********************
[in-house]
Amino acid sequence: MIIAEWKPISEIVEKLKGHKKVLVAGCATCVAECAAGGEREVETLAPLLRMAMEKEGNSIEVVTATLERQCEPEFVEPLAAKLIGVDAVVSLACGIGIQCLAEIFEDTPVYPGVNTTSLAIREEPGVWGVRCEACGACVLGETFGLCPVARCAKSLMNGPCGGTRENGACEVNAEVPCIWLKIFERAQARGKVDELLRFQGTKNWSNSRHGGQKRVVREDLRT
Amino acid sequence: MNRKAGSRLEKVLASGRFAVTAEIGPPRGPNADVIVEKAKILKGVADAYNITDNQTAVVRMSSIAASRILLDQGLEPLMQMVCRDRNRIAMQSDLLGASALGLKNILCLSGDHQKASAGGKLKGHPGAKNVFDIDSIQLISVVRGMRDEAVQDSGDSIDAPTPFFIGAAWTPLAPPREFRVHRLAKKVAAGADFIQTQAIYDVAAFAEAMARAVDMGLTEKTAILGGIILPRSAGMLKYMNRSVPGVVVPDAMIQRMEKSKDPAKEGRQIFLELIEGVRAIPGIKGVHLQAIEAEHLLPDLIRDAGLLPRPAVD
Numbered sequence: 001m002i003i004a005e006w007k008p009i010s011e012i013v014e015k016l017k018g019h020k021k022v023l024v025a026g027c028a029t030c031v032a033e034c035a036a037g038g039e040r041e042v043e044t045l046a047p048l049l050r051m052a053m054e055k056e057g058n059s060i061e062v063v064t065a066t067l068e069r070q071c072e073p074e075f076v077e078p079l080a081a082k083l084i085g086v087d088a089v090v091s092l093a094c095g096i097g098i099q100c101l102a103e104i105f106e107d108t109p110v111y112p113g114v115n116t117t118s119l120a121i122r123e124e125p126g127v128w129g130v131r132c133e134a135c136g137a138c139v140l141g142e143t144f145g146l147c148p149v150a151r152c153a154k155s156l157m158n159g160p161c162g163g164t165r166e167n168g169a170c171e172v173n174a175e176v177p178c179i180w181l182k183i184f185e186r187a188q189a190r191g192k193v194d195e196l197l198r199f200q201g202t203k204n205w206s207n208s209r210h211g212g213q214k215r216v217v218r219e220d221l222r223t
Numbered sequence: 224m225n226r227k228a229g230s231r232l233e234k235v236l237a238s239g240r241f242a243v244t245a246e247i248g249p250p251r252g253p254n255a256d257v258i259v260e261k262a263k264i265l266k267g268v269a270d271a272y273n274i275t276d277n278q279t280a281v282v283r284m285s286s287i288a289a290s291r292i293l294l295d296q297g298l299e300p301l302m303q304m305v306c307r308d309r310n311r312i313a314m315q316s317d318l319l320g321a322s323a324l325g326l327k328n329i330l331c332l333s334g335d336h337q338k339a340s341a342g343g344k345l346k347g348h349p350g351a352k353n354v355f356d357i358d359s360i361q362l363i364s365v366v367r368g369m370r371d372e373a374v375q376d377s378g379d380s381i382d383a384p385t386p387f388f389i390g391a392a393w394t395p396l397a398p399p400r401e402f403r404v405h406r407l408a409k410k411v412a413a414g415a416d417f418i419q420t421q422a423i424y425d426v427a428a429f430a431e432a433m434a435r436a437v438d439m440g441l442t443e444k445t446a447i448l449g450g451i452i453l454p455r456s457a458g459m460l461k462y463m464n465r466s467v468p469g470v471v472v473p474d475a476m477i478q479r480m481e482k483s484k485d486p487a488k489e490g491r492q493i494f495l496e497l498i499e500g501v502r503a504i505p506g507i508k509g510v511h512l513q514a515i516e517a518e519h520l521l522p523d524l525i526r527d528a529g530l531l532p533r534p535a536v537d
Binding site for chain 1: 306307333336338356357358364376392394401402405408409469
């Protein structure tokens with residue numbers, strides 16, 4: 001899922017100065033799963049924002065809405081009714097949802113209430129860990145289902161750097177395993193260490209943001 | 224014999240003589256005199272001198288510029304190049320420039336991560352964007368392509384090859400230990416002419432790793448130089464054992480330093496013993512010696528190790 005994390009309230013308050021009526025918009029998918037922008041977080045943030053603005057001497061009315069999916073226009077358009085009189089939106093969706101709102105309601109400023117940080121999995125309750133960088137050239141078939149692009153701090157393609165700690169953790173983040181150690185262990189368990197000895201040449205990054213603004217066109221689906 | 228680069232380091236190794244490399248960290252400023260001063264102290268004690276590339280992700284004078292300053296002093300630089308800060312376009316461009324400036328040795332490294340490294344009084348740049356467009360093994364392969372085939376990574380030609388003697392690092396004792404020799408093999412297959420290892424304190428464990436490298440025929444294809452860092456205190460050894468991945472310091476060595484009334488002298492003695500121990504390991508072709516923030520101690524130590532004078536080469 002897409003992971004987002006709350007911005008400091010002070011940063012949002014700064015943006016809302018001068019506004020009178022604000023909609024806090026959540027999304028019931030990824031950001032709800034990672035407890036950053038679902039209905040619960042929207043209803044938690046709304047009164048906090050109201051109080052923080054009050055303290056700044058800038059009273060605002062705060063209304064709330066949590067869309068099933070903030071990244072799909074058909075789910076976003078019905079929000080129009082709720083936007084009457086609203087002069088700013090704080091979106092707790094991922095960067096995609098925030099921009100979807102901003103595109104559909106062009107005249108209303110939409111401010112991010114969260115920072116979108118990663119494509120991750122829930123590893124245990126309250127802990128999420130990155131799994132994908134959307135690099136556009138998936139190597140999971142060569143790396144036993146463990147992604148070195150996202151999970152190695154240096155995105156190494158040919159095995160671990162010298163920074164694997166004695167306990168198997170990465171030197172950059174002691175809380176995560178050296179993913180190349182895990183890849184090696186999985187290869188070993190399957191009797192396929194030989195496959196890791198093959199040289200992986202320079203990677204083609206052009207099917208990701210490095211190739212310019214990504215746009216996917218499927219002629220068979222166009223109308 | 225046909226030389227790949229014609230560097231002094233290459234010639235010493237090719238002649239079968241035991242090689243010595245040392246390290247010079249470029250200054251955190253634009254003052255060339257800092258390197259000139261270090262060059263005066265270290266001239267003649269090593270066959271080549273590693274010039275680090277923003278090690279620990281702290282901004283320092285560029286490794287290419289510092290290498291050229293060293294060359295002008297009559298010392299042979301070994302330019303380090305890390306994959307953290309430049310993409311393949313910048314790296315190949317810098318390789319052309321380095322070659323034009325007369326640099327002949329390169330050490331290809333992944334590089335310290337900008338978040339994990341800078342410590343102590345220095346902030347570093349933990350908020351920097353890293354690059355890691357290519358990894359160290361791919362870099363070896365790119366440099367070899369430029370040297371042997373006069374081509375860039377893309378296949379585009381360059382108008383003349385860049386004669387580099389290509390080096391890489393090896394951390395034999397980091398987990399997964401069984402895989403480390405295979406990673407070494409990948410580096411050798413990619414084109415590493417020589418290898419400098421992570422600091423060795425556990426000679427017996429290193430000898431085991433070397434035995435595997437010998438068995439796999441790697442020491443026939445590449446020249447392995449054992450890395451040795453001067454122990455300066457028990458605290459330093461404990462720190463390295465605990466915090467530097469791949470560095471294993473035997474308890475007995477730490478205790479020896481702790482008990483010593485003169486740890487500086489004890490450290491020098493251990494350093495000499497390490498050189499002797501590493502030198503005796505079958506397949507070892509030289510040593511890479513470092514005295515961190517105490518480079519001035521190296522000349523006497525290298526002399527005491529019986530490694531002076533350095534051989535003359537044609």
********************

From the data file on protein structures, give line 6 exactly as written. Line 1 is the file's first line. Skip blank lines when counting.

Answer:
Binding site for chain 1: 306307333336338356357358364376392394401402405408409469